We’re all familiar with the vast solar thermal power stations in the desert that use mirrors to make steam to drive turbines. Giant solar thermal arrays are already making electricity in the desert in Spain and California. But what if we could have just one of these units in the backyard, just for our own use?
That’s what motivated a team of MIT students to find the way to make the cheapest solar power station out there. Mass produce it for the home user and market it under their own new start up RawSolar.
Sure, it melts steel. But even more practically for the home owner, it makes steam in a flash:
By directing the dish at the more typical target for solar thermal power stations – water – you create steam instantly. Steam that could drive your own little turbine, making your own little supply of electricity. Or you could direct it to supplying heat for a floorboard radiator setup or a radiant flooring system. Initially the team is not using the steam to make electricity, like the desert arrays. But that will be next, I’m sure.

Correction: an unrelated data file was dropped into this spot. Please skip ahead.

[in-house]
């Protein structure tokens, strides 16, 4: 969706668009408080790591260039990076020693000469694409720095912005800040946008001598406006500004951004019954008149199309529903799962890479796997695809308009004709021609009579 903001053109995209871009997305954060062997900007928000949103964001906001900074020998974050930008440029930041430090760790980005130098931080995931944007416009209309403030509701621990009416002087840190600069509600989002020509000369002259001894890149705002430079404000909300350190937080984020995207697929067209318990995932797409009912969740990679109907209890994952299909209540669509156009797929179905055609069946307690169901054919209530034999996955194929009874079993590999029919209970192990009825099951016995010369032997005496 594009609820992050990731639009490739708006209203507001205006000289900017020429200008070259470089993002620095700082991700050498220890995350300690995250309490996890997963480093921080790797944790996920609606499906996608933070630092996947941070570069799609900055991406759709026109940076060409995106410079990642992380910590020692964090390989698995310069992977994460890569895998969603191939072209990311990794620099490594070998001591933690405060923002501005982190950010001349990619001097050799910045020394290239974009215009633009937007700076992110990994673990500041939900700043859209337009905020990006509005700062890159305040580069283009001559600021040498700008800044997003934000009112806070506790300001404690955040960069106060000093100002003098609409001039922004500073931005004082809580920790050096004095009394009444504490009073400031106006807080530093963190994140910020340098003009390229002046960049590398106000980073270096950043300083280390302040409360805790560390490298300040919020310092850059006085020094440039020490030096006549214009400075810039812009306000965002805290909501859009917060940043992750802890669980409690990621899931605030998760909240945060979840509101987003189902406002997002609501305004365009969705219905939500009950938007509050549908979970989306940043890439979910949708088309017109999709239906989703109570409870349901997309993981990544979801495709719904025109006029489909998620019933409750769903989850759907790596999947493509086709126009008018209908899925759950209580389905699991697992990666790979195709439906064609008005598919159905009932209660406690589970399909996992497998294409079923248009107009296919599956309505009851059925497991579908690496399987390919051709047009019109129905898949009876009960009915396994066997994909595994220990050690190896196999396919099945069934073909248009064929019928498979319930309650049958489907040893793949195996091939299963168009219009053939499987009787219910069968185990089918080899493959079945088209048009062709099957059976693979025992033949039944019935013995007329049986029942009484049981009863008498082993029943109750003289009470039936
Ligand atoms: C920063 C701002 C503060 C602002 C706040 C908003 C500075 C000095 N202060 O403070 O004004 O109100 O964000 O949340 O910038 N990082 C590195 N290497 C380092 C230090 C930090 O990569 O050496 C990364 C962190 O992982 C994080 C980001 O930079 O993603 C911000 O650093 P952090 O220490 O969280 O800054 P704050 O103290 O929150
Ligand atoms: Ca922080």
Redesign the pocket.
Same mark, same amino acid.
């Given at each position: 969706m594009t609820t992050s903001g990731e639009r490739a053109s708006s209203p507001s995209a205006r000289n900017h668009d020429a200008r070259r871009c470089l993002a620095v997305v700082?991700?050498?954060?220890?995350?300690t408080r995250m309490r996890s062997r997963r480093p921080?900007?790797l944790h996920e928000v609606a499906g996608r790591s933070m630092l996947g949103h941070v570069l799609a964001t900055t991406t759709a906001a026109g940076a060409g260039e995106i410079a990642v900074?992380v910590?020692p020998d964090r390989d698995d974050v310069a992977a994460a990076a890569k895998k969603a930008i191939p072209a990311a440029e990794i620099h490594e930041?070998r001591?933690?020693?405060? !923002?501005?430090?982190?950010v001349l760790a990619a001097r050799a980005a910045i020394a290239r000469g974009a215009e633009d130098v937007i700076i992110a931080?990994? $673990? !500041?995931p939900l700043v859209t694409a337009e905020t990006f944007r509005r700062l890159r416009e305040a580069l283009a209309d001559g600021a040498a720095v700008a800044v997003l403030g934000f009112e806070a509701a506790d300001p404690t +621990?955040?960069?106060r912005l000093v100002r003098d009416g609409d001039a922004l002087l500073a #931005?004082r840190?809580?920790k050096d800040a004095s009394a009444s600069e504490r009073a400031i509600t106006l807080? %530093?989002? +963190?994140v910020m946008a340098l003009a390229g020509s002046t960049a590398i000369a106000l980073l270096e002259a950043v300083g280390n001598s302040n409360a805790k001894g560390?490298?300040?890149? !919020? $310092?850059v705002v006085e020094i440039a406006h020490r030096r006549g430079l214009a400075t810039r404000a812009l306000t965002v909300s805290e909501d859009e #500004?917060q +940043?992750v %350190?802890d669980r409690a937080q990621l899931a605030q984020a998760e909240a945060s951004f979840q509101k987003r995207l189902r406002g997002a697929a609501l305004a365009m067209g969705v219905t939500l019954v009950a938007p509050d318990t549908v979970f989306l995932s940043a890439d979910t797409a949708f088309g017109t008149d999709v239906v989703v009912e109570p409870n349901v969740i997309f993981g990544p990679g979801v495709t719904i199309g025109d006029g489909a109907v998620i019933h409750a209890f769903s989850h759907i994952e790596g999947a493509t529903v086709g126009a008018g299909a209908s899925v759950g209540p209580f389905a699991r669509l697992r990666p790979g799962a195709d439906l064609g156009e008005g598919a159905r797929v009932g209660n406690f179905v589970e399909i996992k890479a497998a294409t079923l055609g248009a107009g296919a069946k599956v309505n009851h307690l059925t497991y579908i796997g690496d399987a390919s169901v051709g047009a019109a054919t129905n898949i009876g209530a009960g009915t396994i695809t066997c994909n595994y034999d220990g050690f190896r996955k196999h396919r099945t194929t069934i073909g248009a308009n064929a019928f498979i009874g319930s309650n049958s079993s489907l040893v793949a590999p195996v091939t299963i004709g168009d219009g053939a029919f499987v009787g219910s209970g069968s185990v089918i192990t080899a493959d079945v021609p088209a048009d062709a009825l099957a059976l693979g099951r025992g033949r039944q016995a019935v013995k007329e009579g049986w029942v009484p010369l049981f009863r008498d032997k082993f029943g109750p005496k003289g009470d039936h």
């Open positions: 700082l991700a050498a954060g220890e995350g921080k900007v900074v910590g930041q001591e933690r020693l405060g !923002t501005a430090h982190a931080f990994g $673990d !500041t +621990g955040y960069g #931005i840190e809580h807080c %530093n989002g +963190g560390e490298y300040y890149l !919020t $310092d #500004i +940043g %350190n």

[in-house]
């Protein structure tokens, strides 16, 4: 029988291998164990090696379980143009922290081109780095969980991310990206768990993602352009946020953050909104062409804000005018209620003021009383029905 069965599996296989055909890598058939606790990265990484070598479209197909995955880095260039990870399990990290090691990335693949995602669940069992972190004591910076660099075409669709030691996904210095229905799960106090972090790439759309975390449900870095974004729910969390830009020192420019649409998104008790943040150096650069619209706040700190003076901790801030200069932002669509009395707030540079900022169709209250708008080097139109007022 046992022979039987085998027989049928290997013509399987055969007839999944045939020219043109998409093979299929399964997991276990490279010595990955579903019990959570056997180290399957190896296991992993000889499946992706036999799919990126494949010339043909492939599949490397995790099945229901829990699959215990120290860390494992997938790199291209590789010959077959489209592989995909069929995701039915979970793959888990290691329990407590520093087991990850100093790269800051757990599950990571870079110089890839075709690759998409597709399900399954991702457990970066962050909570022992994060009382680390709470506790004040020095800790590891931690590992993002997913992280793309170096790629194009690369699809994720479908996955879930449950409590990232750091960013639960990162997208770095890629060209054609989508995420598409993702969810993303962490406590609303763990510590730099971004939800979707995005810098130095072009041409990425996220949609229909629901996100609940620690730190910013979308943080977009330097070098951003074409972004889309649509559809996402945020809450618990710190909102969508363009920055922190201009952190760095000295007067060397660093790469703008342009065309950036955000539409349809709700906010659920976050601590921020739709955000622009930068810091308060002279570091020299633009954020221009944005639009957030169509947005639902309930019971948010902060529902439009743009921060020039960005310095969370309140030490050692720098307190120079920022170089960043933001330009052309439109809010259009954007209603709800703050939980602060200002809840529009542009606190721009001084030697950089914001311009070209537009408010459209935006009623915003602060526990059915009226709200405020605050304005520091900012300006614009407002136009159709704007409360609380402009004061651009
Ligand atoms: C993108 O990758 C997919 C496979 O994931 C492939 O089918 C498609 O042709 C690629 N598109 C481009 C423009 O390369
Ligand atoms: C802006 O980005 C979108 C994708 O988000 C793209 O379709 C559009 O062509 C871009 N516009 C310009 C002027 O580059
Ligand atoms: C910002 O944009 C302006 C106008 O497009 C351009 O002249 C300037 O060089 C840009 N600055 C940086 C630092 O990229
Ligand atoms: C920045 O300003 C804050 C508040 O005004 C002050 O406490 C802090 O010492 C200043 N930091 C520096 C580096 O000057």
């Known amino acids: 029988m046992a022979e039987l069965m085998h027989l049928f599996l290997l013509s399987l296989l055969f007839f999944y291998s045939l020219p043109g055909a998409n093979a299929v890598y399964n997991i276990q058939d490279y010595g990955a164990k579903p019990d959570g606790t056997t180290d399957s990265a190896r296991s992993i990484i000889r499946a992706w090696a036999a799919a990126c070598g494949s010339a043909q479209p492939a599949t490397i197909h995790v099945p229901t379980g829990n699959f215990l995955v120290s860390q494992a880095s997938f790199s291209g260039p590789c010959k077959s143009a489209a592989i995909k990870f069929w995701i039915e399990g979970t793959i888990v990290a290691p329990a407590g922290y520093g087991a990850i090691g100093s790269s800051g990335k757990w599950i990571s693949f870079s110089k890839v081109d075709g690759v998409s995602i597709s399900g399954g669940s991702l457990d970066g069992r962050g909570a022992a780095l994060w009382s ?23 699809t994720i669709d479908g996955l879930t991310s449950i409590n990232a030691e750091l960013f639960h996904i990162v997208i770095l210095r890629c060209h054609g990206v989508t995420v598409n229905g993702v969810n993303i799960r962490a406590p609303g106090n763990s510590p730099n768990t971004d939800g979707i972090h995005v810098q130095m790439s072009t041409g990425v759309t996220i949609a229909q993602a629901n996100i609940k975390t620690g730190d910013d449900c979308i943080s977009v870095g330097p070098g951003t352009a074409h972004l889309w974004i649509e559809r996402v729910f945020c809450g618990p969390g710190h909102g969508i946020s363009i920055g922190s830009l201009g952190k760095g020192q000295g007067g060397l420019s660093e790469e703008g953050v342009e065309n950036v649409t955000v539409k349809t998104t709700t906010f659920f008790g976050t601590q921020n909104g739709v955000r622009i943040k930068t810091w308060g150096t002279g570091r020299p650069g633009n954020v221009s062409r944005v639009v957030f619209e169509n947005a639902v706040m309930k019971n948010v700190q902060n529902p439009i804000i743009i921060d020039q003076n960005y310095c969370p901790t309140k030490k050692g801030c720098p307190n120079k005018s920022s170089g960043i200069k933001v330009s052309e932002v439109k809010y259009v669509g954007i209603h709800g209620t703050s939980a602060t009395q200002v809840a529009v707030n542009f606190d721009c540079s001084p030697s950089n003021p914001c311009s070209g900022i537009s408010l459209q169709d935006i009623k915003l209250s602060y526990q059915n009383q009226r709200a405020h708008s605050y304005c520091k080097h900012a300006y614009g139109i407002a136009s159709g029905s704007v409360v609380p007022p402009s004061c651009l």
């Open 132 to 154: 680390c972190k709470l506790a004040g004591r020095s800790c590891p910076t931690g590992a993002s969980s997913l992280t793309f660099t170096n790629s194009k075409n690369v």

Solar thermal power stations are far more inexpensive and efficient than solar pv, because they’re just made of mirrors held up in a metal structure. The energy of typical sunlight can be concentrated by a factor of 1,000.
The team assembled this 12-foot dish in several weeks. The design is exceedingly simple and inexpensive. The frame is composed of aluminum tubing and mirrors are attached to it. The steam is relatively low temperature steam – at about 212 to 400 degrees Fahrenheit; not the 700 degrees steam the desert arrays make.
The team comprised Spencer Ahrens, a MIT mechanical engineering graduate, Sloan MBA Micah Sze, UC Berkeley mechanical engineering grad Eva Markiewicz, Olin College student Matt Ritter and MIT materials science student Anna Bershteyn.